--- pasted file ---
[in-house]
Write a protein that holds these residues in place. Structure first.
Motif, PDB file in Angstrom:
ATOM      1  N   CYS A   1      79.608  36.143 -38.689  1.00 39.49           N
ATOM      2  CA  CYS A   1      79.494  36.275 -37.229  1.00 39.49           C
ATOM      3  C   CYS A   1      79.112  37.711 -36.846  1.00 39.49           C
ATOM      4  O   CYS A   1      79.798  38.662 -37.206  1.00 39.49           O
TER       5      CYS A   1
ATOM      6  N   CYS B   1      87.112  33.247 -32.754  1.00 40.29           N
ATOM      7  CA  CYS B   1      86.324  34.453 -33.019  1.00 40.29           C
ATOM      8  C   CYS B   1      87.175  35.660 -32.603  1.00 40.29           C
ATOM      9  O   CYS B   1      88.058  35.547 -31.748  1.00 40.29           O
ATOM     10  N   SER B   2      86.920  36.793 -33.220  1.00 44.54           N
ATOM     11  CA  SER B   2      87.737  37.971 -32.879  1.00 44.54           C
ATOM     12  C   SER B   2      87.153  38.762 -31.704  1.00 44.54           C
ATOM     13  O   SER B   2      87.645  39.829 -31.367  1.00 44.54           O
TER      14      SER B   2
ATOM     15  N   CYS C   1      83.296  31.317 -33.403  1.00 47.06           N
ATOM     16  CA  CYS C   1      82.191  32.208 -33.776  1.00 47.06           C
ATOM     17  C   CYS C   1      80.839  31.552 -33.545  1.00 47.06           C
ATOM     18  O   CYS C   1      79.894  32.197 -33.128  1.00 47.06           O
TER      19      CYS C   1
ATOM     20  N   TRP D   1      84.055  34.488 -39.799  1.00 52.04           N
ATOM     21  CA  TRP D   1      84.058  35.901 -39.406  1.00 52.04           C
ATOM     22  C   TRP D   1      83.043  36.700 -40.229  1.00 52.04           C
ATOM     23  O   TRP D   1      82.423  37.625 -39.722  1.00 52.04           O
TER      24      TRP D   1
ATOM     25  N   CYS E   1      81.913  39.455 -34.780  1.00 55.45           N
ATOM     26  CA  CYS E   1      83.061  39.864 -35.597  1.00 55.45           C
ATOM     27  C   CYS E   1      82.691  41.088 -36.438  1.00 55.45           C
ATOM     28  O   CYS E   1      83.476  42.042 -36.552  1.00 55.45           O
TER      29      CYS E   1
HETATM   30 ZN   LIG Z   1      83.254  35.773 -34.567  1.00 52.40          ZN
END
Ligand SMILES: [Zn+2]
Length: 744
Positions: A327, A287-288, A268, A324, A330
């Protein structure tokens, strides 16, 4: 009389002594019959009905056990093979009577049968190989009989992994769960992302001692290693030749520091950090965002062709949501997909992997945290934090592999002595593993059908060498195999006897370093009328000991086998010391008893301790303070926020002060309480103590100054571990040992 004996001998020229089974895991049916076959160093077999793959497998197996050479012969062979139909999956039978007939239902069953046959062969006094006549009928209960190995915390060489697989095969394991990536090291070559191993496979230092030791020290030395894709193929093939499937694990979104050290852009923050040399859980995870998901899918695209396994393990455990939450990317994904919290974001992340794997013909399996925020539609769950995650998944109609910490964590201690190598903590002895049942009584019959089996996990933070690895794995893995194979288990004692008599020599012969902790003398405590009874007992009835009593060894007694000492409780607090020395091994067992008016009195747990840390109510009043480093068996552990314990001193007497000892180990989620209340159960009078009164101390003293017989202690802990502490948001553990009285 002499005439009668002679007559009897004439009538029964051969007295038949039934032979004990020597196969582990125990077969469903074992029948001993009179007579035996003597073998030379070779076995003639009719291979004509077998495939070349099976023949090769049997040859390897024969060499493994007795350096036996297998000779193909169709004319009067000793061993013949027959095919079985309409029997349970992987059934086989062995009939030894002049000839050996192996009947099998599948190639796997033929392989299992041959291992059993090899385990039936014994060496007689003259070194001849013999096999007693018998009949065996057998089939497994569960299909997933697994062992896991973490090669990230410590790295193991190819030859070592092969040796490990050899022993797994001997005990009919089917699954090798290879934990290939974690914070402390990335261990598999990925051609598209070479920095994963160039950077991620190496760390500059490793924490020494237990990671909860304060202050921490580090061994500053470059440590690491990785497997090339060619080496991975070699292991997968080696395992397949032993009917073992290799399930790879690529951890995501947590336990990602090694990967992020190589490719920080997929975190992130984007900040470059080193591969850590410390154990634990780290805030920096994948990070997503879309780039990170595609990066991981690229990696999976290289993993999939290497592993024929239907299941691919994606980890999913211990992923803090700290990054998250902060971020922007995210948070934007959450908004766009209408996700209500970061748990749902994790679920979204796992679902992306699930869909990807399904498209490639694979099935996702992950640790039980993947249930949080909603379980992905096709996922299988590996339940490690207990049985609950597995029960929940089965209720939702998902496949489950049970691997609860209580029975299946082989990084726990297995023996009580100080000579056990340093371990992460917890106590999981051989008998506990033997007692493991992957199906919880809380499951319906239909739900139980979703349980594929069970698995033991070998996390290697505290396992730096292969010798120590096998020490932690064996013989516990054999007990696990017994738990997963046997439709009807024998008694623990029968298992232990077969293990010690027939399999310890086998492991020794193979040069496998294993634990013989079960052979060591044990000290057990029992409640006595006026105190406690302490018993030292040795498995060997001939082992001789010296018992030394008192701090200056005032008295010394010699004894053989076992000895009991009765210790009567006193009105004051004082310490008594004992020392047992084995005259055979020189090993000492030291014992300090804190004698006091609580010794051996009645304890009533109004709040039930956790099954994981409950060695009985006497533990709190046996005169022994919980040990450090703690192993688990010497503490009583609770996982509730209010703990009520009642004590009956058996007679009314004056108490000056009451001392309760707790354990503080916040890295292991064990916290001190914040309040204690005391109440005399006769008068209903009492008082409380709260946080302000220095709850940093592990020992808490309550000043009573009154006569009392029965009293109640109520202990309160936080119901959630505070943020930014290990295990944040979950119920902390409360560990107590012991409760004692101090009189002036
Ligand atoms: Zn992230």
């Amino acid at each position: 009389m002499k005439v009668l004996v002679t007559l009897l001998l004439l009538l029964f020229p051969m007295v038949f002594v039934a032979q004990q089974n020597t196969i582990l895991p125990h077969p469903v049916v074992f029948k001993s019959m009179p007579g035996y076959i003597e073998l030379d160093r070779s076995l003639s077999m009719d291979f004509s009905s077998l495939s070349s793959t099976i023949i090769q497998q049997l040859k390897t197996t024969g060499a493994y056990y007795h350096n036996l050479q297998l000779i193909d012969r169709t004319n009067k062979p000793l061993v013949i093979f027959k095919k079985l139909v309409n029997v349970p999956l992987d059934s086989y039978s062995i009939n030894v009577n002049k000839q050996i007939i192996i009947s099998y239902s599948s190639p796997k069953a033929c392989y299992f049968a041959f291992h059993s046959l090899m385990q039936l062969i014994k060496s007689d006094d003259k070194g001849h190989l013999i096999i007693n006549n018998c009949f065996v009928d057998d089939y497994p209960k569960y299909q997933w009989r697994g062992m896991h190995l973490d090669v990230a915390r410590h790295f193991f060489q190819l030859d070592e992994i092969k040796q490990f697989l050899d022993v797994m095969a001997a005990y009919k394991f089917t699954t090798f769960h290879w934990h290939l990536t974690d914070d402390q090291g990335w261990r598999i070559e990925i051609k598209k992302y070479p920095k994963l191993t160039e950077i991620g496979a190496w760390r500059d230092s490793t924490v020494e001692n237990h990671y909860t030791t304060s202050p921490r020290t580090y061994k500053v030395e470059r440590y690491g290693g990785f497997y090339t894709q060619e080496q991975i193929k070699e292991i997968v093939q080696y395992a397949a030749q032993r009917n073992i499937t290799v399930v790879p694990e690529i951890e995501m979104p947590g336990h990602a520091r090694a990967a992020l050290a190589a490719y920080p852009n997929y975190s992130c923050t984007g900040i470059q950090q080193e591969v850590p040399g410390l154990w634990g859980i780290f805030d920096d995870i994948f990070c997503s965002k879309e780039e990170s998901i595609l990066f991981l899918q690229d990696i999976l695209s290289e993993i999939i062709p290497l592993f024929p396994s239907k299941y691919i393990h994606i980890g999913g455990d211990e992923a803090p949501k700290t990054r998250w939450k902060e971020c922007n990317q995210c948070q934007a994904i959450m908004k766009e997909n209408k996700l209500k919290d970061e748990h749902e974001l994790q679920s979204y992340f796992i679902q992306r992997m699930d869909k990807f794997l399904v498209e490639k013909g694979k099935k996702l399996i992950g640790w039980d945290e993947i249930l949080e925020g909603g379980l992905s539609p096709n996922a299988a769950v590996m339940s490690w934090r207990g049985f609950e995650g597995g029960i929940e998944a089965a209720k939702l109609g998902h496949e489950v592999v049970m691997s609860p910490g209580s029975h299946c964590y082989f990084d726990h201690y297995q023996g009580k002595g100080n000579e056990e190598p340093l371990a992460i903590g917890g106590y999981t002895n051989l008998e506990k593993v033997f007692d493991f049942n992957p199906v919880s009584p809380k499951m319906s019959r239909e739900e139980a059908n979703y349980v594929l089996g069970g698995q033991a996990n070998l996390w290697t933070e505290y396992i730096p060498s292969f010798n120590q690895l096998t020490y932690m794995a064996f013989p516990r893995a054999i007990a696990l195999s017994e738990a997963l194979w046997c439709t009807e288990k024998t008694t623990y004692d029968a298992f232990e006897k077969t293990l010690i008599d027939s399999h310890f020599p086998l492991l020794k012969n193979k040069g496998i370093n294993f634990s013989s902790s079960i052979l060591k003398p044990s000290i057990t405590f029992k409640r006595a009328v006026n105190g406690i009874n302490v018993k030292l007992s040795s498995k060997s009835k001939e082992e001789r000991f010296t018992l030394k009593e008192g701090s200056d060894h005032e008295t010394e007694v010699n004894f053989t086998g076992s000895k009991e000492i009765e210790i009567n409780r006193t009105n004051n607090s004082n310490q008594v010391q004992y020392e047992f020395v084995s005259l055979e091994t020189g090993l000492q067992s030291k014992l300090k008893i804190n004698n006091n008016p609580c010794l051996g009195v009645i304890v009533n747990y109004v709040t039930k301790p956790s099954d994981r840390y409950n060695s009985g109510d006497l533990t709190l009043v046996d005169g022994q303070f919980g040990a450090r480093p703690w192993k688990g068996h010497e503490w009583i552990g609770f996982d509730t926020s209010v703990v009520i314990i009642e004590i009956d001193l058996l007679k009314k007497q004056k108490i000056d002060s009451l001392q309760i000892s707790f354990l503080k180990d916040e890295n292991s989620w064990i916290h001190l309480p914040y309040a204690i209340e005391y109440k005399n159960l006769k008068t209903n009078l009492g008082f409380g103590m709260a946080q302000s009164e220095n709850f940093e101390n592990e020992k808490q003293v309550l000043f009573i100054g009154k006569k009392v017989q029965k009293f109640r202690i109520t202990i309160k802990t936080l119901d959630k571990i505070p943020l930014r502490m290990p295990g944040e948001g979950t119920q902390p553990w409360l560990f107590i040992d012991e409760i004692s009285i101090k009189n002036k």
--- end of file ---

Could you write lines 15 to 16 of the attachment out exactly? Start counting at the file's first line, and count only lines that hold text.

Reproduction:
ATOM     12  C   SER B   2      87.153  38.762 -31.704  1.00 44.54           C
ATOM     13  O   SER B   2      87.645  39.829 -31.367  1.00 44.54           O